Now that you’ve written these three distance formulas yourself, let’s look at how to use them using Python’s SciPy library:

- Euclidean Distance
`.euclidean()`

- Manhattan Distance
`.cityblock()`

- Hamming Distance
`.hamming()`

There are a few noteworthy details to talk about:

First, the `scipy`

implementation of Manhattan distance is called `cityblock()`

. Remember, computing Manhattan distance is like asking how many blocks away you are from a point.

Second, the `scipy`

implementation of Hamming distance will always return a number between `0`

an `1`

. Rather than summing the number of differences in dimensions, this implementation sums those differences and then divides by the total number of dimensions. For example, in your implementation, the Hamming distance between `[1, 2, 3]`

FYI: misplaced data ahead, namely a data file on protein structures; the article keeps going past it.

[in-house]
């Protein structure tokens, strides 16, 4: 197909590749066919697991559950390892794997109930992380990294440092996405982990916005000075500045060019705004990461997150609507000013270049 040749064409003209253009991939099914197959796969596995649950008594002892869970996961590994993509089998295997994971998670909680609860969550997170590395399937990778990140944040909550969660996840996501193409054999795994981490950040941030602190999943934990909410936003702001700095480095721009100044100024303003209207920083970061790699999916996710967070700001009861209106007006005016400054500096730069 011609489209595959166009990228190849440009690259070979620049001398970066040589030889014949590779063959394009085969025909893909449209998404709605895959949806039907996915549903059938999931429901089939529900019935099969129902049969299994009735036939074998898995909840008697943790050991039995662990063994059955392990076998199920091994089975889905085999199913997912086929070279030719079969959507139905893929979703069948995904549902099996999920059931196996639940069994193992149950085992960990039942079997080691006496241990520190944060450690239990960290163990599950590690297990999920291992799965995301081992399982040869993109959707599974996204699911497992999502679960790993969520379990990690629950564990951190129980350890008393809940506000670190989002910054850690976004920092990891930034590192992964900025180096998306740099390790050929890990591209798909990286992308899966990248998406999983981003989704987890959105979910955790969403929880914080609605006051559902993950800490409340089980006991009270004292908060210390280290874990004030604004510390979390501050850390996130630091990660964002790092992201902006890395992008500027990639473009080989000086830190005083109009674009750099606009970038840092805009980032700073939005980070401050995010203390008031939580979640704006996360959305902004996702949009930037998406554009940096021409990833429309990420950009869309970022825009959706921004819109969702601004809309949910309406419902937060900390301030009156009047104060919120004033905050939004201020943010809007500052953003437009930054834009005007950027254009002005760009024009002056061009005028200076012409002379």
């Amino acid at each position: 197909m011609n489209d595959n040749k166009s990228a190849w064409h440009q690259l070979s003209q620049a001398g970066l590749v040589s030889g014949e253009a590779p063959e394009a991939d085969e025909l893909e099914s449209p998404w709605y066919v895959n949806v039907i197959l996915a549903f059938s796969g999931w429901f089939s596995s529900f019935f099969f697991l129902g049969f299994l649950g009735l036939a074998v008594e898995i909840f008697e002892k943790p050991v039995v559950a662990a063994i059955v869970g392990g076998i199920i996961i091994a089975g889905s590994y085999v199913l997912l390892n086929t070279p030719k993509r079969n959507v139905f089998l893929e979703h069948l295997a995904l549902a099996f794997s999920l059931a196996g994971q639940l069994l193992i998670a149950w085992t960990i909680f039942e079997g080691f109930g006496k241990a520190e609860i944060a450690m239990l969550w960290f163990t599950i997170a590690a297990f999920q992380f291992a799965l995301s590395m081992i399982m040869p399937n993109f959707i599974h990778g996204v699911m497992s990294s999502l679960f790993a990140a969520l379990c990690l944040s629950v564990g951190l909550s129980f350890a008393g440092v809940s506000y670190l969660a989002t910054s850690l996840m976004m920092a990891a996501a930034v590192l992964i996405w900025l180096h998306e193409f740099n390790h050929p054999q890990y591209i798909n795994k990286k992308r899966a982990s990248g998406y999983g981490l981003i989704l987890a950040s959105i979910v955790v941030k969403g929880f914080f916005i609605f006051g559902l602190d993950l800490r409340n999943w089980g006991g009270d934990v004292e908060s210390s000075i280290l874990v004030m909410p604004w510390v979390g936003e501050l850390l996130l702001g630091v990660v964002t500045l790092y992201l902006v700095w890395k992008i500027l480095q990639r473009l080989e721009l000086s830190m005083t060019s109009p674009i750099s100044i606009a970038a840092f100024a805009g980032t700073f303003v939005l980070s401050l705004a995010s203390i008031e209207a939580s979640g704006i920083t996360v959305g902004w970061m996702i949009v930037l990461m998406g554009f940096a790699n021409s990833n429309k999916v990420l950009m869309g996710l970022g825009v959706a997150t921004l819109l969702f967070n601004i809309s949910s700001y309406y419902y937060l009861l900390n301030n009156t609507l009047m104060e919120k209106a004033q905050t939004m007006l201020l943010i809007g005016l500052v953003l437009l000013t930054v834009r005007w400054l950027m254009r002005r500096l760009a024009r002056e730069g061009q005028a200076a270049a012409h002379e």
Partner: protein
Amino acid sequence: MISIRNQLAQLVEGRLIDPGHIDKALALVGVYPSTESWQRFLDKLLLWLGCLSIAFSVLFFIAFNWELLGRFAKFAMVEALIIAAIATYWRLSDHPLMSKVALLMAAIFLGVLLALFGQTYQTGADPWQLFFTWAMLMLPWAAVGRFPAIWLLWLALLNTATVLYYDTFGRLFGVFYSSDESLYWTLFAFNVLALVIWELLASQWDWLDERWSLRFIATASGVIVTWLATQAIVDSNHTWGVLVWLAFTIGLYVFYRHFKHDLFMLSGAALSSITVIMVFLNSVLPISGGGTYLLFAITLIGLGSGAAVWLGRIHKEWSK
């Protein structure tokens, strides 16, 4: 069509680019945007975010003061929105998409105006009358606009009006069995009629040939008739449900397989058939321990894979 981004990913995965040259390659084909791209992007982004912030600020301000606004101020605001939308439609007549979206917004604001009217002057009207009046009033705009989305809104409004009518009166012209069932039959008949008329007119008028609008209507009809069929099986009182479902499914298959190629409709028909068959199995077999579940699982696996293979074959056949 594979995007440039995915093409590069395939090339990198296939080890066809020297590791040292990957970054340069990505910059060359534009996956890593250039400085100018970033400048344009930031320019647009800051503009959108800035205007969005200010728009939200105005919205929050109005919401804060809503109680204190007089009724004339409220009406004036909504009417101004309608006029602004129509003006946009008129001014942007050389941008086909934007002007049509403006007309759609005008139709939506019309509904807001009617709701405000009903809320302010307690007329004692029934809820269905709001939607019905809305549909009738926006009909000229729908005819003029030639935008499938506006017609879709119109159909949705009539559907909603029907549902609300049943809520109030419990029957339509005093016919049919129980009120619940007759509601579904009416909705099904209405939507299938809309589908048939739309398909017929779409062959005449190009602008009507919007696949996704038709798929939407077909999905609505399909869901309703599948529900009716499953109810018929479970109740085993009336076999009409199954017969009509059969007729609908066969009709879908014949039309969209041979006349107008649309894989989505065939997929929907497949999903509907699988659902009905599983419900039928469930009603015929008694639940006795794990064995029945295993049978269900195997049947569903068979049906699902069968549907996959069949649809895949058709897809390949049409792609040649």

and `[7, 2, -10]`

would be `2`

. In `scipy`

‘s version, it would be `2/3`

.

### Instructions

**1.**

Call `distance.euclidean()`

using the points `[1, 2]`

and `[4, 0]`

as parameters.

Print the result.

**2.**

Call `distance.cityblock()`

using the points `[1, 2]`

and `[4, 0]`

as parameters.

Print the result.

**3.**

Call `distance.hamming()`

using `[5, 4, 9]`

and `[1, 7, 9]`

as parameters and print the results.

Your answer *shouldn’t* match your function’s results. Remember, `scipy`

divides by the number of dimensions.